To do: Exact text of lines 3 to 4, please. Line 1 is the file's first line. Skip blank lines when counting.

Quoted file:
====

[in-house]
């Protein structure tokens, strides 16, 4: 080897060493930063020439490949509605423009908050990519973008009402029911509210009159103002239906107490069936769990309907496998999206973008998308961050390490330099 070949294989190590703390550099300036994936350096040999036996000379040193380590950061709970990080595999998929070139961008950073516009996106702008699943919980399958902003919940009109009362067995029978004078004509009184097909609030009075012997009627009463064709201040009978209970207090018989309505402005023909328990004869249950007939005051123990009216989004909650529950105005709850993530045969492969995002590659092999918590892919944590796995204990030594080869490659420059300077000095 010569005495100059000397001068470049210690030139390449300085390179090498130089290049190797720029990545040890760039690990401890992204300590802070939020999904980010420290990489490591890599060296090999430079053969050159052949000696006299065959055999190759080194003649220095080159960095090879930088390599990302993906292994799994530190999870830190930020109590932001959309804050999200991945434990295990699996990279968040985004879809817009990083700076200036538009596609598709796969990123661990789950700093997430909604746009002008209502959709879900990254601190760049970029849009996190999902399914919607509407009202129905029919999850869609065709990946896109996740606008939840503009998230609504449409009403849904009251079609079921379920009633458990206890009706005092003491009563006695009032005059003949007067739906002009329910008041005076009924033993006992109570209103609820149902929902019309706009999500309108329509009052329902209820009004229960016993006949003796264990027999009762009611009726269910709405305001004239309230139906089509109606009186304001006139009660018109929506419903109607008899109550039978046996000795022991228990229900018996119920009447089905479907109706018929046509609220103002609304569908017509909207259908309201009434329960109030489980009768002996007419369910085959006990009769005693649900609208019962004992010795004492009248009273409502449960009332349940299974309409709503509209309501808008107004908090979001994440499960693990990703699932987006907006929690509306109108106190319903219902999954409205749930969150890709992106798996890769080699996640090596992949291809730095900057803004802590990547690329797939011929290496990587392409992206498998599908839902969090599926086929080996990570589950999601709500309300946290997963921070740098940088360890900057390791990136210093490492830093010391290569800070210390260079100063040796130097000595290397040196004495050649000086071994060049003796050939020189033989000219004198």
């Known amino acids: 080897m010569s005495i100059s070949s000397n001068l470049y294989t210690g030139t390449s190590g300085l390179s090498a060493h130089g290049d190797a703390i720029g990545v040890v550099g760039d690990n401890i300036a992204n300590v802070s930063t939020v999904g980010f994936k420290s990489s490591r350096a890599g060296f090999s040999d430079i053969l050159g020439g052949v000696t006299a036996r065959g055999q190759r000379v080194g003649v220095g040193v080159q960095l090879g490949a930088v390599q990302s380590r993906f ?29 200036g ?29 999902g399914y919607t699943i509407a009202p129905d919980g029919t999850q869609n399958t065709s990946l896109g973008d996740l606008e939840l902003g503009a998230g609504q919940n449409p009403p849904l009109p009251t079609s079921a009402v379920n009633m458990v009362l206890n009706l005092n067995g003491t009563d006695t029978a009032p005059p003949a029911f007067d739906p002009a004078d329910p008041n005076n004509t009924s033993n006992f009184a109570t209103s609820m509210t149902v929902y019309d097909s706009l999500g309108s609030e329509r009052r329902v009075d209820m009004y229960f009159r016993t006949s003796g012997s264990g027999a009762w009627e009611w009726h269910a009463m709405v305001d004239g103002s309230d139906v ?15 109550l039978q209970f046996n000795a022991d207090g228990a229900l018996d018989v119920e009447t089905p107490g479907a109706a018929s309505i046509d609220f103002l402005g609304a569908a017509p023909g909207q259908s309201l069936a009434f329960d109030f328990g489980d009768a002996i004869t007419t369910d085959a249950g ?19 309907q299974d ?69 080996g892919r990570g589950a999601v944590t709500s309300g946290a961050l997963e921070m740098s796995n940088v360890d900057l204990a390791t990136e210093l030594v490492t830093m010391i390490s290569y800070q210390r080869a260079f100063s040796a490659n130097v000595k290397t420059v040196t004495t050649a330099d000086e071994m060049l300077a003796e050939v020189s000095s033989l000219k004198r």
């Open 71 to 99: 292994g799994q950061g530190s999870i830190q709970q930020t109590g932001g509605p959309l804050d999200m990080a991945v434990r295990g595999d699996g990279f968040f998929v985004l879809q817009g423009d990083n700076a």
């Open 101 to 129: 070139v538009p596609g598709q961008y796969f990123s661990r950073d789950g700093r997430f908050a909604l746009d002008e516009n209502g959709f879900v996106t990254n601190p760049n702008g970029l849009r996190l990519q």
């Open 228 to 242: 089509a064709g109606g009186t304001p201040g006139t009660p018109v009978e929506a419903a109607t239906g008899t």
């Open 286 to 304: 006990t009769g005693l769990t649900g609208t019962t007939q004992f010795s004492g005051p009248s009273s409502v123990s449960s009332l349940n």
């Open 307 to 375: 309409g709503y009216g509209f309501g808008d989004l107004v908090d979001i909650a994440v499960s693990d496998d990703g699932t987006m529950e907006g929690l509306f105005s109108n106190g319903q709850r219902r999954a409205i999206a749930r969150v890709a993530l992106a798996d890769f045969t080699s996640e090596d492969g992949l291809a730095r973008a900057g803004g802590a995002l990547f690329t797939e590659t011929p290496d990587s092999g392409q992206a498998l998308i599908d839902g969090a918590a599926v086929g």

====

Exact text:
């Known amino acids: 080897m010569s005495i100059s070949s000397n001068l470049y294989t210690g030139t390449s190590g300085l390179s090498a060493h130089g290049d190797a703390i720029g990545v040890v550099g760039d690990n401890i300036a992204n300590v802070s930063t939020v999904g980010f994936k420290s990489s490591r350096a890599g060296f090999s040999d430079i053969l050159g020439g052949v000696t006299a036996r065959g055999q190759r000379v080194g003649v220095g040193v080159q960095l090879g490949a930088v390599q990302s380590r993906f ?29 200036g ?29 999902g399914y919607t699943i509407a009202p129905d919980g029919t999850q869609n399958t065709s990946l896109g973008d996740l606008e939840l902003g503009a998230g609504q919940n449409p009403p849904l009109p009251t079609s079921a009402v379920n009633m458990v009362l206890n009706l005092n067995g003491t009563d006695t029978a009032p005059p003949a029911f007067d739906p002009a004078d329910p008041n005076n004509t009924s033993n006992f009184a109570t209103s609820m509210t149902v929902y019309d097909s706009l999500g309108s609030e329509r009052r329902v009075d209820m009004y229960f009159r016993t006949s003796g012997s264990g027999a009762w009627e009611w009726h269910a009463m709405v305001d004239g103002s309230d139906v ?15 109550l039978q209970f046996n000795a022991d207090g228990a229900l018996d018989v119920e009447t089905p107490g479907a109706a018929s309505i046509d609220f103002l402005g609304a569908a017509p023909g909207q259908s309201l069936a009434f329960d109030f328990g489980d009768a002996i004869t007419t369910d085959a249950g ?19 309907q299974d ?69 080996g892919r990570g589950a999601v944590t709500s309300g946290a961050l997963e921070m740098s796995n940088v360890d900057l204990a390791t990136e210093l030594v490492t830093m010391i390490s290569y800070q210390r080869a260079f100063s040796a490659n130097v000595k290397t420059v040196t004495t050649a330099d000086e071994m060049l300077a003796e050939v020189s000095s033989l000219k004198r």
């Open 71 to 99: 292994g799994q950061g530190s999870i830190q709970q930020t109590g932001g509605p959309l804050d999200m990080a991945v434990r295990g595999d699996g990279f968040f998929v985004l879809q817009g423009d990083n700076a």